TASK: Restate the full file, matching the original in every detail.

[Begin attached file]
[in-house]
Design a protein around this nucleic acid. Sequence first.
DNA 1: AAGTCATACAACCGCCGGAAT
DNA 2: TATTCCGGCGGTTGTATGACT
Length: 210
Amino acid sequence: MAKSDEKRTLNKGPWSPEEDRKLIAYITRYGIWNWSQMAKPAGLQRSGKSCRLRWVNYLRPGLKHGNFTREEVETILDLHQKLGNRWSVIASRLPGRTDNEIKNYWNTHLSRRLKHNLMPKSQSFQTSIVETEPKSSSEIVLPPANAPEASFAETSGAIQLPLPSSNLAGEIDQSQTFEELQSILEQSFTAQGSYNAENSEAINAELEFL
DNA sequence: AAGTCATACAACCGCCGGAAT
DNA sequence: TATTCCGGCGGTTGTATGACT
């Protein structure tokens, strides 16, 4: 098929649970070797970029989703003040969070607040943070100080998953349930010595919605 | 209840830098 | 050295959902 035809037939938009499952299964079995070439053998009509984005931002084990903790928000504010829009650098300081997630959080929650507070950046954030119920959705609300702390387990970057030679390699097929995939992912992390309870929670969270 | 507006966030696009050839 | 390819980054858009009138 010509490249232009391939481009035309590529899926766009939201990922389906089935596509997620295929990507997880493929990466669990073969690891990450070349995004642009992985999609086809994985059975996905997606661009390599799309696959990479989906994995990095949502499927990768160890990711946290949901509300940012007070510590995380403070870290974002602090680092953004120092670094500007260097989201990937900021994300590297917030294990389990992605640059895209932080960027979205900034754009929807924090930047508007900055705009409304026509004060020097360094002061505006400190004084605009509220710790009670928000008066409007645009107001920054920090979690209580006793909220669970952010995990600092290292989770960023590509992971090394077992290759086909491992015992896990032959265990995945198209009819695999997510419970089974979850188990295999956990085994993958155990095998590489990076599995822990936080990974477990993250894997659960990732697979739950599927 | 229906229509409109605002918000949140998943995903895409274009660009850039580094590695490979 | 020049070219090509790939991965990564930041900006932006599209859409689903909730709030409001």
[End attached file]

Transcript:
[in-house]
Design a protein around this nucleic acid. Sequence first.
DNA 1: AAGTCATACAACCGCCGGAAT
DNA 2: TATTCCGGCGGTTGTATGACT
Length: 210
Amino acid sequence: MAKSDEKRTLNKGPWSPEEDRKLIAYITRYGIWNWSQMAKPAGLQRSGKSCRLRWVNYLRPGLKHGNFTREEVETILDLHQKLGNRWSVIASRLPGRTDNEIKNYWNTHLSRRLKHNLMPKSQSFQTSIVETEPKSSSEIVLPPANAPEASFAETSGAIQLPLPSSNLAGEIDQSQTFEELQSILEQSFTAQGSYNAENSEAINAELEFL
DNA sequence: AAGTCATACAACCGCCGGAAT
DNA sequence: TATTCCGGCGGTTGTATGACT
């Protein structure tokens, strides 16, 4: 098929649970070797970029989703003040969070607040943070100080998953349930010595919605 | 209840830098 | 050295959902 035809037939938009499952299964079995070439053998009509984005931002084990903790928000504010829009650098300081997630959080929650507070950046954030119920959705609300702390387990970057030679390699097929995939992912992390309870929670969270 | 507006966030696009050839 | 390819980054858009009138 010509490249232009391939481009035309590529899926766009939201990922389906089935596509997620295929990507997880493929990466669990073969690891990450070349995004642009992985999609086809994985059975996905997606661009390599799309696959990479989906994995990095949502499927990768160890990711946290949901509300940012007070510590995380403070870290974002602090680092953004120092670094500007260097989201990937900021994300590297917030294990389990992605640059895209932080960027979205900034754009929807924090930047508007900055705009409304026509004060020097360094002061505006400190004084605009509220710790009670928000008066409007645009107001920054920090979690209580006793909220669970952010995990600092290292989770960023590509992971090394077992290759086909491992015992896990032959265990995945198209009819695999997510419970089974979850188990295999956990085994993958155990095998590489990076599995822990936080990974477990993250894997659960990732697979739950599927 | 229906229509409109605002918000949140998943995903895409274009660009850039580094590695490979 | 020049070219090509790939991965990564930041900006932006599209859409689903909730709030409001």